Aaron Chhetri was seven years old when he first left his hometown of Vijaynagar. Located close to the Myanmar border, the northeastern town in Arunachal Pradesh state is one of India's most remote regions.
The 20-year-old now lives in neighboring Assam with his brother. Some of his siblings are still in Vijaynagar. Keeping in touch with family has always been a challenge. But that all changed on August 1, when Indian state-owned telecom company BSNL launched a 2G mobile network through a solar-powered tower, and residents could make their first ever mobile phone call.
"Earlier, there was no way for us to call back home," Chhetri told DW. "If our family in Vijaynagar wanted to call us for something important, they would have to go to the telephone booth in our town and wait in a queue," he explained. "Now we can make direct calls back home. It's so much easier," he said.
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Chhetri recounted how India's nationwide coronavirus lockdown complicated matters. The local telephone booth, like all other establishments in the town, was shut down.
Chhetri had zero contact with his family for over a month, until he finally decided to head back to Vijaynagar in early May. He then witnessed the arrival of mobile connectivity in Vijaynagar before heading back to Assam.
"I used to get this feeling of homesickness each time I left Vijaynagar," he said. "But it wasn't as bad this time."
Surrounded by Myanmar on one side and dense forest on the other, Vijaynagar is made up of 16 villages and is home to at least 4,500 residents.
There are only two ways to reach Vijaynagar: a six-day forest trek from the nearest town Miao, 157 kilometers (97.5 miles) away, or by aircraft and landing at an Indian Air Force operated airstrip.
Vijaynagar also serves as a base for the Assam Rifles, an Indian paramilitary force. Soldiers posted to the remote town also for a long time struggled to stay connected with family and friends.
The process of installing the necessary mobile and satellite equipment and solar panels was not an easy task for Vijaynagar. Coronavirus lockdown measures and poor weather conditions delayed the project for several weeks.
"Coordination, at times, was quite challenging, since the logistics depended on the weather conditions," Devansh Yadav, the deputy commissioner of Changlang district, told DW.
The local Vijaynagar administration coordinated with BSNL and the state government to transport the equipment from the Assamese city of Jorhat in June.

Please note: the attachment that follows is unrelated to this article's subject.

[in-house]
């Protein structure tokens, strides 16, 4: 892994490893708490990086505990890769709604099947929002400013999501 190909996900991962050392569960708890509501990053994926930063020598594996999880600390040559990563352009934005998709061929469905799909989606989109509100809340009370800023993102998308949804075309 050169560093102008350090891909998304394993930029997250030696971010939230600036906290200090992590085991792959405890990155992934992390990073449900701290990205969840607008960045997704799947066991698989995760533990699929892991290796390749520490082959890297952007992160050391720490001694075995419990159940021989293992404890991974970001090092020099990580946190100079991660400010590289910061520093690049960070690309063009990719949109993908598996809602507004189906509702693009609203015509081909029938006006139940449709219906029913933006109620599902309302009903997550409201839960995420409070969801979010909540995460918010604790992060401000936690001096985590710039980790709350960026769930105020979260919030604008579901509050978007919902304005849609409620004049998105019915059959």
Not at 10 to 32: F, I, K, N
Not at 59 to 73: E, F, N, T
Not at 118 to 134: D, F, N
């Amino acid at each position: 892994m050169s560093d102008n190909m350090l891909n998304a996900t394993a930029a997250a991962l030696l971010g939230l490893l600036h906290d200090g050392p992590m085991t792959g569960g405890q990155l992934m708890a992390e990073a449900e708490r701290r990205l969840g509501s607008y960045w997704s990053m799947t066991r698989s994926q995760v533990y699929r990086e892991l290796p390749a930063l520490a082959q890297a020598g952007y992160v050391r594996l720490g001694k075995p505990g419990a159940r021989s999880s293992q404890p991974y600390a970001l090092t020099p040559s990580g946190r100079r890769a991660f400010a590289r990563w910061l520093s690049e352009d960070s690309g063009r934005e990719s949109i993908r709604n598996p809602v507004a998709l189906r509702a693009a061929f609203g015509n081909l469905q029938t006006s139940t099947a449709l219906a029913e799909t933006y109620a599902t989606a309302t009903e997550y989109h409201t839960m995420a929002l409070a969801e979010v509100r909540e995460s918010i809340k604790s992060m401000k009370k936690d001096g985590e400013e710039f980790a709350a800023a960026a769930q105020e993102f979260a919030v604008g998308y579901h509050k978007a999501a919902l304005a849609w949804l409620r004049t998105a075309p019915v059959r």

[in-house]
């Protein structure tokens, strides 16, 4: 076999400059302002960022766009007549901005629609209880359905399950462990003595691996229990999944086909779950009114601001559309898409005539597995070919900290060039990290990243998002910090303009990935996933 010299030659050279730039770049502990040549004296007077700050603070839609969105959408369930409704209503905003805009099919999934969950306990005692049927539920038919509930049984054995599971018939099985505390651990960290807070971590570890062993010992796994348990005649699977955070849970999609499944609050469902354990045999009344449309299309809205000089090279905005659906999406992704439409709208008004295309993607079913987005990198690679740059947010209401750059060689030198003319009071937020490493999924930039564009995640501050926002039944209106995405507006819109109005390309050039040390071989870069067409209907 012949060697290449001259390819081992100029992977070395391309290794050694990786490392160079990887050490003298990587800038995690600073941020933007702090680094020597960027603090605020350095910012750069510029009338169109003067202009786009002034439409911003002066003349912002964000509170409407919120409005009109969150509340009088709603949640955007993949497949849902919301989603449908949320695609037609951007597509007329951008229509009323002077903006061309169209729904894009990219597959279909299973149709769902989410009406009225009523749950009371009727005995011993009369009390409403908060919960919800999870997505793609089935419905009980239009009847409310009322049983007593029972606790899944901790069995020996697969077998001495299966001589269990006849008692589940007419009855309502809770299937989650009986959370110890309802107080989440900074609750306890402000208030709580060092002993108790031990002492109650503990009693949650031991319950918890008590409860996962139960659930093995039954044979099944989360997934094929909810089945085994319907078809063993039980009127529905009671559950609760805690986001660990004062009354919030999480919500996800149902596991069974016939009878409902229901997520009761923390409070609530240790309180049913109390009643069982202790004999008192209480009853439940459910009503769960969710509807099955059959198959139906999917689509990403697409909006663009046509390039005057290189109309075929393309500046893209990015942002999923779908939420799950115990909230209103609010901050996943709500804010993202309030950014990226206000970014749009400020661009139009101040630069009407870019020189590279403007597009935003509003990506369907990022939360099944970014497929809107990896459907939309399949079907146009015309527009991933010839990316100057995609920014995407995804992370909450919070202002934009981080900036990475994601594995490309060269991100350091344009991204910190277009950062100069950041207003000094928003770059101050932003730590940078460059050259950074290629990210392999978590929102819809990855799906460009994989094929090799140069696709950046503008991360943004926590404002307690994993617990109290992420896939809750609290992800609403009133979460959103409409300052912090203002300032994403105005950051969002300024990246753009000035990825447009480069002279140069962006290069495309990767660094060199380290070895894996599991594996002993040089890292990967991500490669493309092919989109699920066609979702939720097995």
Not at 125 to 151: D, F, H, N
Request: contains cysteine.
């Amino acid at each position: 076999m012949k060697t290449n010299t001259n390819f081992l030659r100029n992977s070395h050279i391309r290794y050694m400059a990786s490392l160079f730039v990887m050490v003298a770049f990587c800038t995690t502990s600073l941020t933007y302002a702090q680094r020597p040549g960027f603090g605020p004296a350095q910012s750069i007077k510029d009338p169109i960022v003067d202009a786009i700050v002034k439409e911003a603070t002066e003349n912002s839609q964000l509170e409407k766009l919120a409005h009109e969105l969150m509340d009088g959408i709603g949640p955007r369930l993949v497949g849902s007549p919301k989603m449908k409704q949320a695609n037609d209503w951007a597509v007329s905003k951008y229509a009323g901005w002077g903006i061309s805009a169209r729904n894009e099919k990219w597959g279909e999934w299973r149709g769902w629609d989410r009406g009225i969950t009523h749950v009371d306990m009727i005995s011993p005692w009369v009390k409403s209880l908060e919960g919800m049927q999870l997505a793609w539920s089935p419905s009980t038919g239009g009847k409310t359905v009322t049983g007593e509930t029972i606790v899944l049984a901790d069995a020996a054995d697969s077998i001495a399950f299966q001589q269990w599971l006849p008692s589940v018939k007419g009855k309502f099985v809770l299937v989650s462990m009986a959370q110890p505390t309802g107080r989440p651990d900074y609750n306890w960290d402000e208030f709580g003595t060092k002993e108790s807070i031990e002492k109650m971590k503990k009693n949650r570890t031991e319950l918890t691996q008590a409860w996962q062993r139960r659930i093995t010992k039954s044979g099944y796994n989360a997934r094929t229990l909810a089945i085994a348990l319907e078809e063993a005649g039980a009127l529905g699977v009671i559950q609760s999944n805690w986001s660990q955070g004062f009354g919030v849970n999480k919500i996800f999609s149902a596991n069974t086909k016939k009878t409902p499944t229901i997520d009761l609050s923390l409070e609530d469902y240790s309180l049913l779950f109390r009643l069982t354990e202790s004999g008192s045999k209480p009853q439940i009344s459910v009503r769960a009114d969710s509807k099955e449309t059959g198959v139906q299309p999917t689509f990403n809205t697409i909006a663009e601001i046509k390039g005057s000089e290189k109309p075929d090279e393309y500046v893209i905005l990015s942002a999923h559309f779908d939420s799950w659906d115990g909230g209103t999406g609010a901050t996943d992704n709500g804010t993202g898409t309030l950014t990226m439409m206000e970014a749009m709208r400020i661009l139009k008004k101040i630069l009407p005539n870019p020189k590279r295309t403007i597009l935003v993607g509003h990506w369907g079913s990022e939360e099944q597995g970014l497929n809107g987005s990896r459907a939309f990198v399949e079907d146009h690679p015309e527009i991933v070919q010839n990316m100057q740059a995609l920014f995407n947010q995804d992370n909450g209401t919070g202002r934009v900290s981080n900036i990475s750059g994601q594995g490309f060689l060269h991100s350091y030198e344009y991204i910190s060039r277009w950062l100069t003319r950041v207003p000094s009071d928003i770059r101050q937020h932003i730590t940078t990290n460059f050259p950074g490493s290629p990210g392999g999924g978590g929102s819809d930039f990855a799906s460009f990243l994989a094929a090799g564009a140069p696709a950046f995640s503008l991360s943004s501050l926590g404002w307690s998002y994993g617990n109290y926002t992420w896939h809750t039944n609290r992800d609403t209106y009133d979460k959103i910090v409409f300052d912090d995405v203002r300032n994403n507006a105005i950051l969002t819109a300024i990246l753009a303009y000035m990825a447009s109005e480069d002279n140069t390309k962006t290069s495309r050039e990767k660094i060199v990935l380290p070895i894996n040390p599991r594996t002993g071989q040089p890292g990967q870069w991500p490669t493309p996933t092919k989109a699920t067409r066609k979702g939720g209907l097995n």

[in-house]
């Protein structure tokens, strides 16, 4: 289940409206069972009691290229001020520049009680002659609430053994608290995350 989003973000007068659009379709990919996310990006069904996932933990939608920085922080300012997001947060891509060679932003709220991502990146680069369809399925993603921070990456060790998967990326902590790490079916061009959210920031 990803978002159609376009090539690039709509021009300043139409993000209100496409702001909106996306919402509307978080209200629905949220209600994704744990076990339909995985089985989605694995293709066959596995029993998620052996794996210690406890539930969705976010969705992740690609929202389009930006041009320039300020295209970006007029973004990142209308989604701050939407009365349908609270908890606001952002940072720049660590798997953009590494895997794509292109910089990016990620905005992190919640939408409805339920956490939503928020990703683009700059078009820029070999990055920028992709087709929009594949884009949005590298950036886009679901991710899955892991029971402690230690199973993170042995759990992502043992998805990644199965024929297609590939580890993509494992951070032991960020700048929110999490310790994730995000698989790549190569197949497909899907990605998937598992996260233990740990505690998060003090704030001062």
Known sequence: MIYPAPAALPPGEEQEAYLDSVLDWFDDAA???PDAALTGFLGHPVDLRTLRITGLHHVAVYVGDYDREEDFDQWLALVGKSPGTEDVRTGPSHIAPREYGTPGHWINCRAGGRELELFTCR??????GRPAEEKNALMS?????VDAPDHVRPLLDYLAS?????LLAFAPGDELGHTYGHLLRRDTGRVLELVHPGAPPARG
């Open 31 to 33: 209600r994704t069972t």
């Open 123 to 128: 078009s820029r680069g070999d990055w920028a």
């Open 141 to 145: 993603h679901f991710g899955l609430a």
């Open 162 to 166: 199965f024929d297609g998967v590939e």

"We provided BSNL with our engineers, coordinated local workers and even issued travel permits for them to ensure easy movement during the lockdown," Yadav said.
"Most of the equipment has been installed. A few more solar panels are yet to arrive and once that happens, the tower will have an independent power supply," he added.
BSNL general manager for Arunachal Pradesh, Arung Siram, said the installation took about a week once all the necessary materials arrived in Vijaynagar.
"Transportation of the material was a huge task," Siram told DW. Due to the lockdown, he had to request special permission from the district administration. He also requested an Indian Air Force helicopter to help airlift equipment. Locals in the area also volunteered to help.
No electricity, no doctors
Despite the arrival of mobile connectivity, Vijaynagar remains largely undeveloped and physically cut off from the rest of the world. The nearest road is in Miao.
According to Yadav, road construction is currently underway.
"Most construction work in Arunachal Pradesh is very limited between March and October due to heavy rainfall. Once the weather improves later this year, we'll have a better idea of how much progress we have made," he said.
There are also no doctors in Vijaynagar. Only the Assam Rifles have medical facilities on their camp site. Residents must also draw their own water.
Solar power is one of the main sources of electricity in Vijaynagar, and supply is not reliable, particularly during the monsoon season.
Local MP Tapir Gao called on the central government to immediately construct a road to Vijaynagar to ease the lives of local residents and Indian Army and paramilitary personnel.
"The main challenge in Vijaynagar is the lack of road connectivity. Once we get proper roads, drinking water, electricity, education, and healthcare infrastructure will follow," he told DW.